Laparoscopic cholecystotomy is a relatively new surgical procedure of
the gallbladder that helps patients with gallstones. This year
alone, a million people will learn that they have gallstones and
join the twenty million people in the United States that have
previously been diagnosed. The gall bladder is responsible for the
production of bile that aids in the digestive process. Averaging two
centimeters in size, gallstones are made primarily out of
cholesterol. Gallstones are more common in women than men and are
associated with multiple pregnancies, obesity or rapid weight loss,
age and some ethic populations. Laparoscopic cholecystotomy is a
procedure that can alleviate the pain and potentially life -
threatening complications caused by gallstones.
Prior to the availability of laparoscopic cholecystotomy to treat
gallbladder problems, other treatment options were available. The
most common treatment of gallstones before laparoscopic
cholecystotomy was an open abdominal operation to remove the
gallbladder from the patient in a cholecystectomy. Though the
mortality rate for this procedure is relatively low (.05 percent of
surgeries), post surgery recovery involved a five day hospital stay
and at least three to six weeks of convalescence. Other alternative
treatments for gallbladder problems include : oral bile acid
dissolution therapy, extraction of the gallbladder through a
catheter, or fragmentation of the gallbladder through shock wave
lithotripsy combined with dissolution techniques. Because these
procedures do not remove the gallbladder, these alternatives may
lead to reoccurring gallstone problems.
Laparoscopic cholecystotomy surgery is an innovative gallbladder
technique first performed in the United States in 1988. A
laparoscope is a video camera device that allows medical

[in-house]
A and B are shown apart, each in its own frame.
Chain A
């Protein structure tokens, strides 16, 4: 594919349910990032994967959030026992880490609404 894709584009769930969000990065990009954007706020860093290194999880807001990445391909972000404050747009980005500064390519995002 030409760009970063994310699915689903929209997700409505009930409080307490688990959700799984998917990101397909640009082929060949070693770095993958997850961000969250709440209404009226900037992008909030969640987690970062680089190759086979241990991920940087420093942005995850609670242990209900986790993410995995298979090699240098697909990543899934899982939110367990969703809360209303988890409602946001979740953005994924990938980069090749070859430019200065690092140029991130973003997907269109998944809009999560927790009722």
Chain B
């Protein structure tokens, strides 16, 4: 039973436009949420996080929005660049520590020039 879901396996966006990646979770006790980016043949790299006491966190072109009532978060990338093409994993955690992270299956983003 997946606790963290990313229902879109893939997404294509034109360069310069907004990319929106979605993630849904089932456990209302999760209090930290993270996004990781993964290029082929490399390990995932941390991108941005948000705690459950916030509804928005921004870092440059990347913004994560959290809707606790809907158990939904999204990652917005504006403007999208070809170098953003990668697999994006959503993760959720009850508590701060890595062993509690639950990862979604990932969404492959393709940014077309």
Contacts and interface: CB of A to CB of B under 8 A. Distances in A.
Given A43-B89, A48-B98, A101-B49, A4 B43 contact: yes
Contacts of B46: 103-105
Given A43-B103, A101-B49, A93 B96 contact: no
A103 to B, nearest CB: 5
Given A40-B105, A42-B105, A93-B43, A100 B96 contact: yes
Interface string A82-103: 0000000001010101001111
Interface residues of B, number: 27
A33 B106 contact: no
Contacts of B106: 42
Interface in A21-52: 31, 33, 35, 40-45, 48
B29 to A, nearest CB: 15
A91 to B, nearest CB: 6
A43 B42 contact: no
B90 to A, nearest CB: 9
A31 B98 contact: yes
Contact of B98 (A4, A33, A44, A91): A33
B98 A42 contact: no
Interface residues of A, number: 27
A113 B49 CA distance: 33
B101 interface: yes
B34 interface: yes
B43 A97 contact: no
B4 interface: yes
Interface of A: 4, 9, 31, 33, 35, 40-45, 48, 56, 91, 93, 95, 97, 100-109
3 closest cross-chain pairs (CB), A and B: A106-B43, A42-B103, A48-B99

professionals to view the internal structures of the gallbladder and
vital structures. In laparoscopic cholecystotomy , an open operation
is not necessary. Laparoscopic cholecystotomy involves making
several small abdominal incisions where trocars are inserted ,
allowing the surgeon to perform the operation using laparoscopic
visualization to remove the gallbladder from the body.
Laparoscopic cholecystotomy must be done properly in order to avoid
potentially catastrophic consequences. Careful care must be taken to
identify, isolate, and divide the cystic duct and artery for the
removal of the gallbladder in laparoscopic cholecystotomy surgery.
The benefits of laparoscopic cholecystotomy include shorter post-op
hospitalization (one or two days) and shorter recovery time (one to
two weeks). Pain caused by laparoscopic cholecystotomy is
comparatively less than from traditional techniques. The drawbacks
to this surgery include higher instances of bile duct injuries and
medical malpractice risks.
If you have had a laparoscopic cholecystotomy and been injured as a
result of medical malpractice from this procedure, you may wish to
speak to a medical malpractice attorney who can advise you of your
rights and options in a case.
For more information on laparoscopic cholecystotomy injury cases,
please contact us today. We are specialized in handling medical
malpractice suits and can quickly determine if you should pursue
Contact us by
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